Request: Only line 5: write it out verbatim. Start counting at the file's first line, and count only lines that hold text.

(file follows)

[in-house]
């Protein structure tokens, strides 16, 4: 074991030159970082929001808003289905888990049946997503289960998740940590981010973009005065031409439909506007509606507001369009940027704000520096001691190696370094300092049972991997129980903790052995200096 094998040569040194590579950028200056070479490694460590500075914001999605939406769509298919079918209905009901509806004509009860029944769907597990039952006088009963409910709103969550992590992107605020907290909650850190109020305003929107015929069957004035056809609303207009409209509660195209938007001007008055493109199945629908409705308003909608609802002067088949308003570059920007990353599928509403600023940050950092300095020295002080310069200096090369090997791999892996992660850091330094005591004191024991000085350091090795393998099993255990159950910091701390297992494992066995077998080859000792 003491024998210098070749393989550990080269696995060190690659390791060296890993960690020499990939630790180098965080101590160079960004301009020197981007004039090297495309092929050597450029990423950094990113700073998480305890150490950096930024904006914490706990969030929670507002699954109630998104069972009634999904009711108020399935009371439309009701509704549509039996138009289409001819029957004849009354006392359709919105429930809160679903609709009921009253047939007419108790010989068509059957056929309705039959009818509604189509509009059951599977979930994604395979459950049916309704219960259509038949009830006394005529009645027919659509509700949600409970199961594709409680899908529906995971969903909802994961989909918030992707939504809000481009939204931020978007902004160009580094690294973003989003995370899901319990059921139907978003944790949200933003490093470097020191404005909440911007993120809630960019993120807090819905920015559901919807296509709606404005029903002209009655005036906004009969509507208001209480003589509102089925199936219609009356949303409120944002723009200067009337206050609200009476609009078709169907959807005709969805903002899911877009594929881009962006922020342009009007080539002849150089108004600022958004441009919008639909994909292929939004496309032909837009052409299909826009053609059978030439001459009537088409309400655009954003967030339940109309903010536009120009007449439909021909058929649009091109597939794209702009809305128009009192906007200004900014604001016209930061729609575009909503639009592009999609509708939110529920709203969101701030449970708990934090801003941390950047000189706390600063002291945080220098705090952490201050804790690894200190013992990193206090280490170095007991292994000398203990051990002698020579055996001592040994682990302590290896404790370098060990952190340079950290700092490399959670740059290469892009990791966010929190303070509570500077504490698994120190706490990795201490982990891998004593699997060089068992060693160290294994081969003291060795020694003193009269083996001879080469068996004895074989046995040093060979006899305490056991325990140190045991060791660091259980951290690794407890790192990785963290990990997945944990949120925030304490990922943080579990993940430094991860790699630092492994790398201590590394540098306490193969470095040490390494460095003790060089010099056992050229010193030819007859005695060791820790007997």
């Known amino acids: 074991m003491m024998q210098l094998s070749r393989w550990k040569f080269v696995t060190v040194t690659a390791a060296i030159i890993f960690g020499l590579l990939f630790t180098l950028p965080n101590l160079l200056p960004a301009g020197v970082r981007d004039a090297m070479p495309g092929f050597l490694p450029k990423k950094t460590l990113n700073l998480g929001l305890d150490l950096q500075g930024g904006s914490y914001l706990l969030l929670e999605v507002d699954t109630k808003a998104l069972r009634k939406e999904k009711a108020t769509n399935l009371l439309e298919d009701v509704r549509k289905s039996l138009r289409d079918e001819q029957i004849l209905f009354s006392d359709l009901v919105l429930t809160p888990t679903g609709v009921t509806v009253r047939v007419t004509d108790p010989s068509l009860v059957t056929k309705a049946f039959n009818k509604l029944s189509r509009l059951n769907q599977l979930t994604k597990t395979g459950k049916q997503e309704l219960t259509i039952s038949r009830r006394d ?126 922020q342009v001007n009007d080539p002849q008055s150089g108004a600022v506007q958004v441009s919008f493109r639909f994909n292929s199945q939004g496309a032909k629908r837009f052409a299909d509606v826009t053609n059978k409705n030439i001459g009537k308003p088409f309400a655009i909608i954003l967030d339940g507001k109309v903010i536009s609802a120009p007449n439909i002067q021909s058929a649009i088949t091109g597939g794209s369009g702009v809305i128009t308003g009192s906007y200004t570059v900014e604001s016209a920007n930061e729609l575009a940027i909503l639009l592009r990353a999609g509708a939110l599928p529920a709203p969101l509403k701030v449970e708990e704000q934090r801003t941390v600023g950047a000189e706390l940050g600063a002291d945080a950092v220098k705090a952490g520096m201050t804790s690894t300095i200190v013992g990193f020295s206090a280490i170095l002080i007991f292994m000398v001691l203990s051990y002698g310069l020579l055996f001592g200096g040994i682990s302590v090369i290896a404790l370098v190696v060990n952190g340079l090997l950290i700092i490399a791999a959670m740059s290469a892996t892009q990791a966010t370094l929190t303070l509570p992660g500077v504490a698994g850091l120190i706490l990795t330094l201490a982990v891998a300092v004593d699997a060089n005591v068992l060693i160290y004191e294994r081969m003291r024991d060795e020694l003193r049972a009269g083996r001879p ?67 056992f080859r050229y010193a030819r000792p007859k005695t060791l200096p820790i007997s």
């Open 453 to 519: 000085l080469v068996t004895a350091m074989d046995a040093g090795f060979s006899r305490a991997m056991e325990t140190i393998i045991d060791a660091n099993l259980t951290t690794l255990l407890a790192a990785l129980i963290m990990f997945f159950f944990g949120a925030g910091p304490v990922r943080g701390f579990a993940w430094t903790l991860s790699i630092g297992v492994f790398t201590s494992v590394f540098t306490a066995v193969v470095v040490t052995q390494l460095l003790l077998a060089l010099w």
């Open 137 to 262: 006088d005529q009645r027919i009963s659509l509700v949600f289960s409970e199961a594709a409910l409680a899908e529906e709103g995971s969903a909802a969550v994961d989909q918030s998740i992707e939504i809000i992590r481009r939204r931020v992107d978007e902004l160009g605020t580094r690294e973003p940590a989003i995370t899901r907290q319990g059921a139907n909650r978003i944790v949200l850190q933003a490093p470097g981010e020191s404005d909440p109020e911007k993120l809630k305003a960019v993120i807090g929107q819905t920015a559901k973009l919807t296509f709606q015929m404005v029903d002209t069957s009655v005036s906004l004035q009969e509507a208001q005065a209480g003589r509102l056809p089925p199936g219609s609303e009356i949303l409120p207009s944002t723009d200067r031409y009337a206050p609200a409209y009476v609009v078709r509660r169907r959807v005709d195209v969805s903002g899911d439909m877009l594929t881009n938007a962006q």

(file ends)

């Open 137 to 262: 006088d005529q009645r027919i009963s659509l509700v949600f289960s409970e199961a594709a409910l409680a899908e529906e709103g995971s969903a909802a969550v994961d989909q918030s998740i992707e939504i809000i992590r481009r939204r931020v992107d978007e902004l160009g605020t580094r690294e973003p940590a989003i995370t899901r907290q319990g059921a139907n909650r978003i944790v949200l850190q933003a490093p470097g981010e020191s404005d909440p109020e911007k993120l809630k305003a960019v993120i807090g929107q819905t920015a559901k973009l919807t296509f709606q015929m404005v029903d002209t069957s009655v005036s906004l004035q009969e509507a208001q005065a209480g003589r509102l056809p089925p199936g219609s609303e009356i949303l409120p207009s944002t723009d200067r031409y009337a206050p609200a409209y009476v609009v078709r509660r169907r959807v005709d195209v969805s903002g899911d439909m877009l594929t881009n938007a962006q």